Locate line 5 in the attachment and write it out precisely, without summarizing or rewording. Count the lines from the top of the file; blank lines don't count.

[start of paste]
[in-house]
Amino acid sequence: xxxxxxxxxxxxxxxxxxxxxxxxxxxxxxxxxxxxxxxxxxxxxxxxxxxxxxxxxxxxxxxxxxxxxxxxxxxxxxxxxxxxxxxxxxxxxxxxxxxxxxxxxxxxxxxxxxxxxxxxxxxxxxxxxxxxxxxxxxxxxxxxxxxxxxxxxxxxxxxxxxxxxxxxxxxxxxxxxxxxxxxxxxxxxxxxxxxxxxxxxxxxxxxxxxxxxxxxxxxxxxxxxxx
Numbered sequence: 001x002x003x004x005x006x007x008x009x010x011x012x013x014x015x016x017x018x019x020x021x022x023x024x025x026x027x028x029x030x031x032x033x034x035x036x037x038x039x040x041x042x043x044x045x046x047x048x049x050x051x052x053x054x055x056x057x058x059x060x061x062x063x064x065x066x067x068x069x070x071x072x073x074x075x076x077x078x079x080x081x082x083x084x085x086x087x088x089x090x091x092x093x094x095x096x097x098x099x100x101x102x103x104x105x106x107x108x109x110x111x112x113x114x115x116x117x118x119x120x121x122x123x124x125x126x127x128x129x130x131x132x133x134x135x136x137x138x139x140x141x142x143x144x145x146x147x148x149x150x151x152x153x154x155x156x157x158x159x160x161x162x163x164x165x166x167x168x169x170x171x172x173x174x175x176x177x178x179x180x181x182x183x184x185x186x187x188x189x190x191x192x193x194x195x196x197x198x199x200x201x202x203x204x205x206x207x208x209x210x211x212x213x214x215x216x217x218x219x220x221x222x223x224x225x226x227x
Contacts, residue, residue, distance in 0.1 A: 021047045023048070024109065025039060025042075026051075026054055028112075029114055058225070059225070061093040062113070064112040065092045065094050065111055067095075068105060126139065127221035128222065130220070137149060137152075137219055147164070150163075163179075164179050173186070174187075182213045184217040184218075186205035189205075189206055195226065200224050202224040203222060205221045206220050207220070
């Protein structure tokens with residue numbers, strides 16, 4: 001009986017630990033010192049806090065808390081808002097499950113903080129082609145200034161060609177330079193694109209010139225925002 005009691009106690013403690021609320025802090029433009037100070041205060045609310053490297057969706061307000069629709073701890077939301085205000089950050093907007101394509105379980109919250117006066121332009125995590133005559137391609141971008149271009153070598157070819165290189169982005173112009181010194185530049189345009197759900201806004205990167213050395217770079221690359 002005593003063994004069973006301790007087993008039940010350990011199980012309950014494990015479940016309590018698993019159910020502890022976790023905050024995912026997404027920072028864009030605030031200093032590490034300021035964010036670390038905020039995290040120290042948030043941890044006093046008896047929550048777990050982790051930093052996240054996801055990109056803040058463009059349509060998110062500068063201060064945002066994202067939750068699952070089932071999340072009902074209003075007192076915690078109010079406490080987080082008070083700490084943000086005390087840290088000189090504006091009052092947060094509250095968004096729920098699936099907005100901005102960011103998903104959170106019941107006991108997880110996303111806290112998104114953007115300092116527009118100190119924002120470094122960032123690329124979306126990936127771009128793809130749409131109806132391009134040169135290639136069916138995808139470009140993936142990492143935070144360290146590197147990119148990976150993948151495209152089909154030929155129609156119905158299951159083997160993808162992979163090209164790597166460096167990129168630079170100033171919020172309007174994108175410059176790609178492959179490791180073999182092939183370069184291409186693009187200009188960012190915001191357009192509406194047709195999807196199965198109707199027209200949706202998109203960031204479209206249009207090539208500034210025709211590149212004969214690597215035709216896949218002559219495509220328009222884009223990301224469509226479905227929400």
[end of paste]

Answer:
């Protein structure tokens with residue numbers, strides 16, 4: 001009986017630990033010192049806090065808390081808002097499950113903080129082609145200034161060609177330079193694109209010139225925002 005009691009106690013403690021609320025802090029433009037100070041205060045609310053490297057969706061307000069629709073701890077939301085205000089950050093907007101394509105379980109919250117006066121332009125995590133005559137391609141971008149271009153070598157070819165290189169982005173112009181010194185530049189345009197759900201806004205990167213050395217770079221690359 002005593003063994004069973006301790007087993008039940010350990011199980012309950014494990015479940016309590018698993019159910020502890022976790023905050024995912026997404027920072028864009030605030031200093032590490034300021035964010036670390038905020039995290040120290042948030043941890044006093046008896047929550048777990050982790051930093052996240054996801055990109056803040058463009059349509060998110062500068063201060064945002066994202067939750068699952070089932071999340072009902074209003075007192076915690078109010079406490080987080082008070083700490084943000086005390087840290088000189090504006091009052092947060094509250095968004096729920098699936099907005100901005102960011103998903104959170106019941107006991108997880110996303111806290112998104114953007115300092116527009118100190119924002120470094122960032123690329124979306126990936127771009128793809130749409131109806132391009134040169135290639136069916138995808139470009140993936142990492143935070144360290146590197147990119148990976150993948151495209152089909154030929155129609156119905158299951159083997160993808162992979163090209164790597166460096167990129168630079170100033171919020172309007174994108175410059176790609178492959179490791180073999182092939183370069184291409186693009187200009188960012190915001191357009192509406194047709195999807196199965198109707199027209200949706202998109203960031204479209206249009207090539208500034210025709211590149212004969214690597215035709216896949218002559219495509220328009222884009223990301224469509226479905227929400």